- Gender and Relationships
The Vampire Slayer Part X: Reckoning
Time doesn't exist for two-timers.
When love isn't enough.
Shelly is tired. Not physically, but spiritually. Time to let things go.
When last seen, Shelly was getting mixed messages from her ex. Why is life so hard to understand, she asks herself. She would rest her head on the pillow wondering why a man she loved so deeply would choose a woman who cheated on him. Why would he give THAT woman another chance? Nothing made sense for what Shelly pondered night after night.
Then they came.
Shelly found herself in the middle of the enemy fighting off vampires with her mere might. As soon as she slayed one body, the next was up for dismissal. She hated it. She knew that these were once people who cared about things. Why couldn't they see how wrong they were to attack the vampire slayer?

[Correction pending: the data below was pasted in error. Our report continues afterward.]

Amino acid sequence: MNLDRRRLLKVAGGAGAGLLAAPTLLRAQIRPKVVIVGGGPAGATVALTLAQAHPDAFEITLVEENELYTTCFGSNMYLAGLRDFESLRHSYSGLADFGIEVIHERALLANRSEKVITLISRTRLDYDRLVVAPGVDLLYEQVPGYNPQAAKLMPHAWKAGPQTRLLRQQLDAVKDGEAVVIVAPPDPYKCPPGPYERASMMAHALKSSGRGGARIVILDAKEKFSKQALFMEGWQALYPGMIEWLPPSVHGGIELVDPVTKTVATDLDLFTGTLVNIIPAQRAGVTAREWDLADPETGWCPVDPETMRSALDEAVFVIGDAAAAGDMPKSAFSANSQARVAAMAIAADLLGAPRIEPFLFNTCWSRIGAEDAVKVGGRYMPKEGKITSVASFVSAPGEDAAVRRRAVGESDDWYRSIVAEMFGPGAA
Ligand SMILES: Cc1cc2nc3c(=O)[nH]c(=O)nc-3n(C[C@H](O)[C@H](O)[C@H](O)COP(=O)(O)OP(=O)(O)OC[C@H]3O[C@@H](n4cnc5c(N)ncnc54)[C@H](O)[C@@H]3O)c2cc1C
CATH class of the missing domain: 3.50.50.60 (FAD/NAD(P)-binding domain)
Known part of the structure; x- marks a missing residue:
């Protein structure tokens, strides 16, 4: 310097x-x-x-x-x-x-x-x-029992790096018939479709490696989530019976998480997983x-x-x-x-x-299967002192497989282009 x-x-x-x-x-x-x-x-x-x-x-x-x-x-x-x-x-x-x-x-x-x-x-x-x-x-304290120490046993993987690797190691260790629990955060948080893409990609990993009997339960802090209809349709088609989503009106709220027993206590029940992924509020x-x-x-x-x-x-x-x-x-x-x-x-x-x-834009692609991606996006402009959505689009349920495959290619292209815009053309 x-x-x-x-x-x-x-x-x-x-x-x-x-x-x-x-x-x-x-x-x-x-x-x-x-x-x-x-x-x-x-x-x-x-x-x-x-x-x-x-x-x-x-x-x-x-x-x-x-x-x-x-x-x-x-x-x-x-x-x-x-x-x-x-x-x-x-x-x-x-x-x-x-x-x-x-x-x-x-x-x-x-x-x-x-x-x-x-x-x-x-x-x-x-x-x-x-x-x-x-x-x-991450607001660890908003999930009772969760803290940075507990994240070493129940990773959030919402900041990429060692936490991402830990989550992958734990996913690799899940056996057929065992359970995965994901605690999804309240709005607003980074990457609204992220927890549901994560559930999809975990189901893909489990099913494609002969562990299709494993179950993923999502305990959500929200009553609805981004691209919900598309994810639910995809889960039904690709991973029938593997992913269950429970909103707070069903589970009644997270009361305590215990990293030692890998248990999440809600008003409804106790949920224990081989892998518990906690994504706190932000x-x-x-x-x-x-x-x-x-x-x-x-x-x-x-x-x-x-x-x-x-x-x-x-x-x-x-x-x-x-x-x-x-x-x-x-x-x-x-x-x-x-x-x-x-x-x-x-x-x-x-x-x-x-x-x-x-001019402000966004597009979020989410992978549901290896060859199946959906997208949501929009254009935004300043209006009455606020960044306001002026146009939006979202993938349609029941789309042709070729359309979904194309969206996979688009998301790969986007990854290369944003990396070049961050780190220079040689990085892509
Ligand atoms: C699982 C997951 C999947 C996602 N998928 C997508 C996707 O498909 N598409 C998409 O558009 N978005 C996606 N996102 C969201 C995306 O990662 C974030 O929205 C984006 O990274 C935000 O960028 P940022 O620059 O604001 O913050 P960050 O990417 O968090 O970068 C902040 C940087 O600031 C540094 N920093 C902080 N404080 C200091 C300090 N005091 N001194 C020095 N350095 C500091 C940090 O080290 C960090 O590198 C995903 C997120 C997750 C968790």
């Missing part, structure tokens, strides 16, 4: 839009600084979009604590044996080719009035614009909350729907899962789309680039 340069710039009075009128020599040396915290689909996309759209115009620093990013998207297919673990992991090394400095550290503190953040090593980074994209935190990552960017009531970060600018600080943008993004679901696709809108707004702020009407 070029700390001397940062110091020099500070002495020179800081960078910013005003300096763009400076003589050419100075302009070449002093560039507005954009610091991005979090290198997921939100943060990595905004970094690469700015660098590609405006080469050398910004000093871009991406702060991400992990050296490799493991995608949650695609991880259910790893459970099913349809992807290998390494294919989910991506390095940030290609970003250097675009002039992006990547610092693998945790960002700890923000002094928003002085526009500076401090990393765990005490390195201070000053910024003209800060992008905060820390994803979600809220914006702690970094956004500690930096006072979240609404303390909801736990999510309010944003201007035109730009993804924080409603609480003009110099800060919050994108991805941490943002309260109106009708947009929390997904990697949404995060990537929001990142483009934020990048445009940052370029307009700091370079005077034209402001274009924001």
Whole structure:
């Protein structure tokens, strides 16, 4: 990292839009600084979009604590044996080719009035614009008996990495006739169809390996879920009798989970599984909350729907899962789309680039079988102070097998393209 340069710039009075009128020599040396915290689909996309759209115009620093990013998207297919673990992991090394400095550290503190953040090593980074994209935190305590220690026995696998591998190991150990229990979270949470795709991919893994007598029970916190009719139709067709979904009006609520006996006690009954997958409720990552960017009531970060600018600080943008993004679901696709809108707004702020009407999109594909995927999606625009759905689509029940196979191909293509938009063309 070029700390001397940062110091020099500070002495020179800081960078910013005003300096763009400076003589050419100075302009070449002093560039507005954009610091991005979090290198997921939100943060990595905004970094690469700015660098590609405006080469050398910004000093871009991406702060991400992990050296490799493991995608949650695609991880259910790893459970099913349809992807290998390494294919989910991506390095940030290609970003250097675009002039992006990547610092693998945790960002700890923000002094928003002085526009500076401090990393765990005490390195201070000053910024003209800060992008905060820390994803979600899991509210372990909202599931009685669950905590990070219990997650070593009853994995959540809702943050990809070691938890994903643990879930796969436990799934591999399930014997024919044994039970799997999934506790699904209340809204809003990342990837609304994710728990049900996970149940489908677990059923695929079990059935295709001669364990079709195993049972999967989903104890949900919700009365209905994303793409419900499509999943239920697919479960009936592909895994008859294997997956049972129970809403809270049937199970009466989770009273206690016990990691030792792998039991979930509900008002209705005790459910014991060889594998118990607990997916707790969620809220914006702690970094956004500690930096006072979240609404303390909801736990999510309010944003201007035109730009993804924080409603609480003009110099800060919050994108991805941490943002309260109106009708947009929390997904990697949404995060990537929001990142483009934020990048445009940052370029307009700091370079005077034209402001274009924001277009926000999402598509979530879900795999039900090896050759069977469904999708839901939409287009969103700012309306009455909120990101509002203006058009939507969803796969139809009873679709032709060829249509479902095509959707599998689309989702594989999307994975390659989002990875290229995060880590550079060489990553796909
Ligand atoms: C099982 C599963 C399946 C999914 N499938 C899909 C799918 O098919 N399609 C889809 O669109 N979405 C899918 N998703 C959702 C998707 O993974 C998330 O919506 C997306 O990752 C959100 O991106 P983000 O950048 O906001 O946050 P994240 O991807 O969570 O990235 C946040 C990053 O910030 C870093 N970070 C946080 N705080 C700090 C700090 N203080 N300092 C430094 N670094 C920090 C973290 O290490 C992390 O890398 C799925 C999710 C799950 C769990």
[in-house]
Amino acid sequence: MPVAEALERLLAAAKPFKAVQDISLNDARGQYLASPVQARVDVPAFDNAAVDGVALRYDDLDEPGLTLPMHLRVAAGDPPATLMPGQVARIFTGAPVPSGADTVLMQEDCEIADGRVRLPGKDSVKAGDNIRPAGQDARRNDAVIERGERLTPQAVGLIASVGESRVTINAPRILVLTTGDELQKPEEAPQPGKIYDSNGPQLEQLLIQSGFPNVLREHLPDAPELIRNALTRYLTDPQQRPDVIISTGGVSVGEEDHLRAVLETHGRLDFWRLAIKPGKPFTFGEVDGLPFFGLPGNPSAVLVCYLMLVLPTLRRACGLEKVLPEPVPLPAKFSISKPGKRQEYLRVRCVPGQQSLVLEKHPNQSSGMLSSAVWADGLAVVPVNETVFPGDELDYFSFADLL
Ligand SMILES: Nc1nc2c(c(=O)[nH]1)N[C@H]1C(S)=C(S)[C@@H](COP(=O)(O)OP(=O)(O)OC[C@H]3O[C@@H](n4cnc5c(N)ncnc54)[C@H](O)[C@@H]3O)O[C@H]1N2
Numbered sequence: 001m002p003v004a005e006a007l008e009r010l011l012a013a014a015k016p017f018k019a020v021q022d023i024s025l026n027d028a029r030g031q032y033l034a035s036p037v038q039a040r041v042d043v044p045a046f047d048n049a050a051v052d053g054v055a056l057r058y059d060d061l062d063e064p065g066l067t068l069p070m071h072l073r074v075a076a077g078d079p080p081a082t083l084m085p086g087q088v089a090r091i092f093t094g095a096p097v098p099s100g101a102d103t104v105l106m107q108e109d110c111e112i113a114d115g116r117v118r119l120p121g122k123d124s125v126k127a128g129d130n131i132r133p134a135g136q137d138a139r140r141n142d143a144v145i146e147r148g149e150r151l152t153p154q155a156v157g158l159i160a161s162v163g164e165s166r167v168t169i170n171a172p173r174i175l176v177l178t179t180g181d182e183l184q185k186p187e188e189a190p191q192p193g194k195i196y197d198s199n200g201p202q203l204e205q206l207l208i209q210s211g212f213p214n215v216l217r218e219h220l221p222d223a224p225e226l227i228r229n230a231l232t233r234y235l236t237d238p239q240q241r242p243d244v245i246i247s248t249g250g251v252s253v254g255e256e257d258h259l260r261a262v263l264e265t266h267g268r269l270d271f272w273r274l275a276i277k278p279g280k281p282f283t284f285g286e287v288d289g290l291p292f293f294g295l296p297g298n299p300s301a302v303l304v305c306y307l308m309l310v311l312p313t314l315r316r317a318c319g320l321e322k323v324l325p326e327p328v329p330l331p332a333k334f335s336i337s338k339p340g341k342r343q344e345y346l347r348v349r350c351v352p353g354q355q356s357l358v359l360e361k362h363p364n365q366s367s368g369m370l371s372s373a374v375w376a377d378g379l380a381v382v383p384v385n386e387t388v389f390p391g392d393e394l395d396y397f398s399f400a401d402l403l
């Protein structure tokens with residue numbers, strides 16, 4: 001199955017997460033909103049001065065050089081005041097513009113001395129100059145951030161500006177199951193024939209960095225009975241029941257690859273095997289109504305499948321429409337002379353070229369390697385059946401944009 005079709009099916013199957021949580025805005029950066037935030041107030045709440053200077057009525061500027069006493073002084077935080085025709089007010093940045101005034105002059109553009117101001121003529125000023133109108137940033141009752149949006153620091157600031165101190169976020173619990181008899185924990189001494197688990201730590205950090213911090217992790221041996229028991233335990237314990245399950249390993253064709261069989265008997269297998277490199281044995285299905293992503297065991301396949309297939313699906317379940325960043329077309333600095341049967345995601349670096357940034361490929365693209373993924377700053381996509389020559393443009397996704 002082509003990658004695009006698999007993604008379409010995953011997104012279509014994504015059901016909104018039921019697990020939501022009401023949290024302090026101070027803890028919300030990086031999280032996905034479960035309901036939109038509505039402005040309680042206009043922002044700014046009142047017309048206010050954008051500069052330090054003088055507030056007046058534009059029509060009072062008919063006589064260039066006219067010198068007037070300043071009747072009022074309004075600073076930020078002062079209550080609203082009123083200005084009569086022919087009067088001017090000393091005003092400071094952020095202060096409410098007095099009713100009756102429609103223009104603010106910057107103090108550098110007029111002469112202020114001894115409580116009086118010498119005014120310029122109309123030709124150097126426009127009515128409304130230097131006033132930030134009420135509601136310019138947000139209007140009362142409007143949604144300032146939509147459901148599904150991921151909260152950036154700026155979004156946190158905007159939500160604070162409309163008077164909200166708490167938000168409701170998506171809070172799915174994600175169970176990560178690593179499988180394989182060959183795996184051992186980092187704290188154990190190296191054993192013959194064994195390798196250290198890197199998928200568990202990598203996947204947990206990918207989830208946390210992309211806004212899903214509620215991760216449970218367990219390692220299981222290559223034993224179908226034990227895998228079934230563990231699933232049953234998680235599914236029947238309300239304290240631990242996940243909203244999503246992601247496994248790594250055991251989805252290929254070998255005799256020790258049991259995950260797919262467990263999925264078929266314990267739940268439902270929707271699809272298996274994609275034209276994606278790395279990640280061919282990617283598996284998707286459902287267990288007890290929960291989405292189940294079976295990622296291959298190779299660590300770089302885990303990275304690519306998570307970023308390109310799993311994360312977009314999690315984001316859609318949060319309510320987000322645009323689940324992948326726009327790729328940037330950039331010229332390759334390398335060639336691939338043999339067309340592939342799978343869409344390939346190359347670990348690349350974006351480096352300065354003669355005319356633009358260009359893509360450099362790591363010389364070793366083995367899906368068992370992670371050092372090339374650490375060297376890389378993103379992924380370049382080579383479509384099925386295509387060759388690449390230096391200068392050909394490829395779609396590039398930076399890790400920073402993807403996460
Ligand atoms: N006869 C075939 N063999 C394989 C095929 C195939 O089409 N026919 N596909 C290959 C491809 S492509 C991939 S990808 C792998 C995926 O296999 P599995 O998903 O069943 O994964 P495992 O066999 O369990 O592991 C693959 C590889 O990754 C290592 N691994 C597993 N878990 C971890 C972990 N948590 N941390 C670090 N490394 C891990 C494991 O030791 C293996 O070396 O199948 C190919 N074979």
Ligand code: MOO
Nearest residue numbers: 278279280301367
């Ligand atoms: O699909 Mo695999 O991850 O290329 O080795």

Then it all became clear.
They didn't care. Just like her ex didn't care about the consequences of his moving out during the divorce. These vampires were like narcissists: If you wondered why they behaved the way that they did, you just had to assume they were like Narcissists, devoid of emotions.
Shelly slashed the neck of one man while gazing up from her sleep. Then she lunged at a woman who raced at her in the darkness of her kitchen, while she was trying to escape her own home. As Shelly slit the neck of the vampire woman, she wondered, "How could I have saved her? Surely, there must be a way to turn back the effect of the vampires without permanent death."
Shelly stopped caring about Greg.
When Shelly had killed the right number of innocent vampires from her list of intruders of her home, she decided that Greg was NOT worth her thoughts of "why won't he love me?" At that moment, Shelly knew there were bigger and worse things than unrequited love.
Namely, vampires were getting on her nerves.
Until the next battle, Shelly knew Greg wasn't worth her thoughts. He made his choice. The woman he chose to love was not her. If he wasn't happy with that decision, that wasn't Shelly's problem. Or so she thought.